And despite the growing doom and gloom around automakers, GM has been busy improving its future outlook. It announced restructuring in November, which should generate $6 billion in annual savings, and is preparing to double its investment in self-driving cars and next-generation vehicles over the next two years. In fact, GM's set to launch its self-driving taxi service this year through GM Cruise, which could already be worth $43 billion itself.

General Motors' 2019 Sierra parked off road.

2019 GMC Sierra Denali. Image source: General Motors.

While many investors are shying away from automakers, despite their long-term potential from a lucrative driverless-vehicle market, GM's performing well thanks to a focus on more profitable sales. GM North America, which powers its total results, earned $3.04 billion during the fourth quarter, compared to the prior year's $2.88 billion, despite a 2.1% decline in wholesales. GM's North American margin was a strong 10.2%, a 20-basis-point improvement, thanks to the all-new Silverado and Sierra selling well at high transaction prices.

GM still faces headwinds such as rising commodity costs and an uncertain China market, but it's taking serious steps to restructure and improve its business while developing driverless technology for its future. For those reasons, GM is a top value stock right now, and it appears the world's most famous investor agrees.

Big and cheap

Jordan Wathen (Wells Fargo): This year is likely to be an unexciting one for Wells Fargo. The bank now expects that it will remain capped at $2 trillion in assets for the remainder of 2019, which removes its ability to grow its balance sheet by taking in deposits and making more loans.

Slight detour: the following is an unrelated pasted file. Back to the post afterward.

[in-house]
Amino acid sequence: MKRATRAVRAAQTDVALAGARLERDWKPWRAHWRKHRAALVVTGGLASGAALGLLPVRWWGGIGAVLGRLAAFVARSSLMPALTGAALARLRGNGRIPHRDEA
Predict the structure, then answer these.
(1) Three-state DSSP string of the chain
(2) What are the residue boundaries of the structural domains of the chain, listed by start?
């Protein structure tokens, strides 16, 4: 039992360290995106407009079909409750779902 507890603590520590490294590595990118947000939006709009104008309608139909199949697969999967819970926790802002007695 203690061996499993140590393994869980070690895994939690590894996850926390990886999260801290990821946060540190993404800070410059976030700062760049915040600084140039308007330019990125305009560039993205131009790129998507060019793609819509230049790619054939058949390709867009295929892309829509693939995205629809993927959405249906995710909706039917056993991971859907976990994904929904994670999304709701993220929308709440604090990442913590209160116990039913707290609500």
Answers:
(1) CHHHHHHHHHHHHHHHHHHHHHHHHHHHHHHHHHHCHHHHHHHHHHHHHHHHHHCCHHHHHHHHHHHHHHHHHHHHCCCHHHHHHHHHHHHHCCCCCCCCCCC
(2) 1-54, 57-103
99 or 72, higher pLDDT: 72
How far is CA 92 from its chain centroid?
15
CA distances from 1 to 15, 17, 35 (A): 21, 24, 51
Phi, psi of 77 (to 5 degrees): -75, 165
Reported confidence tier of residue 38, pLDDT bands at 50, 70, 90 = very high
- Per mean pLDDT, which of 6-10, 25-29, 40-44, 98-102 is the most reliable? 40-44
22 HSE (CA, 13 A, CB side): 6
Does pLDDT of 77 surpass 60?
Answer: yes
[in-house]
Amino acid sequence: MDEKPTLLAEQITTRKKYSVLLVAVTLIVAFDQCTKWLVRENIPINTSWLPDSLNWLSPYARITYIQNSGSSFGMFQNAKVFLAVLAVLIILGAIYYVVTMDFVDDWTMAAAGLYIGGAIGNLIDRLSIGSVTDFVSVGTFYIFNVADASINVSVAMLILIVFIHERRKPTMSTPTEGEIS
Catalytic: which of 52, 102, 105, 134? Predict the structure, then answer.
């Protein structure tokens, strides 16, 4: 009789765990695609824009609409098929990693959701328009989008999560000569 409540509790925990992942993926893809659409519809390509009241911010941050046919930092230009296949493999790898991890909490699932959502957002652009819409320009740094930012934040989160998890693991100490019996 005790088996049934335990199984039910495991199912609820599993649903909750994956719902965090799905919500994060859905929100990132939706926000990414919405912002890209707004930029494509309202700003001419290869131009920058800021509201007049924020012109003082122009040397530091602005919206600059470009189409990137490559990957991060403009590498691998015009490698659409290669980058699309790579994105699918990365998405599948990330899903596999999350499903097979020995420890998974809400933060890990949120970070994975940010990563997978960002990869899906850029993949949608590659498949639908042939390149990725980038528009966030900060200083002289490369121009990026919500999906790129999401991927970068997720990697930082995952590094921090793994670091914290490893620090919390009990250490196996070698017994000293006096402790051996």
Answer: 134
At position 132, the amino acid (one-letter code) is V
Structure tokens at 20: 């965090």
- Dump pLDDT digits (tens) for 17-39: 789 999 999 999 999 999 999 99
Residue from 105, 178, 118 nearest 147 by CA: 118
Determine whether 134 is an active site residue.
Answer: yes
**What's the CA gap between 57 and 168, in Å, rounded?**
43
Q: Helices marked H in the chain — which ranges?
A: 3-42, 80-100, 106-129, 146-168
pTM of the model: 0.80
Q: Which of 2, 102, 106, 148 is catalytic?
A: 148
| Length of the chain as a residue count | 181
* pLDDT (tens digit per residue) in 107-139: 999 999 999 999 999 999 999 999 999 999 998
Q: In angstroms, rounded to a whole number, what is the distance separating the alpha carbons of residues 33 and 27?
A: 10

But even no-growth banks are worth buying at the right price, and with shares trading for about 12 times 2018 earnings and about 10 times what it could reasonably earn in 2019, Wells Fargo certainly checks the boxes for value.

Scale is the name of the game, and Wells Fargo has it. Across the country, the bank has more than 5,500 branches through which it houses roughly $1.3 trillion of client deposits. These deposits cost it very little, just 0.56% per year in the most recent quarter.

A stable, low-cost deposit base affords Wells Fargo the ability to earn high returns without taking on excessive risk in its loan and securities portfolios. Riskier, non-real estate consumer loans make up only about 7% of its interest-earning assets. Its commercial banking activities are largely restricted to plain-vanilla commercial and industrial and commercial real estate loans.

For as long as Wells Fargo remains capped at $2 trillion in assets, investors should expect the bank will pay out virtually all its income in the form of dividends and stock repurchases. It's not inconceivable that the bank could spit out a 3.5% dividend yield, all the while reducing its shares outstanding at a mid-single-digit clip each year until, finally, it gets approval to grow once again.

When Wells Fargo will get the green light to grow is anyone's best guess. But for as long as shares trade as cheaply as they do today, Wells Fargo may be better off simply staying in place, using its earnings power to pay a high dividend and repurchase stock at low earnings multiples.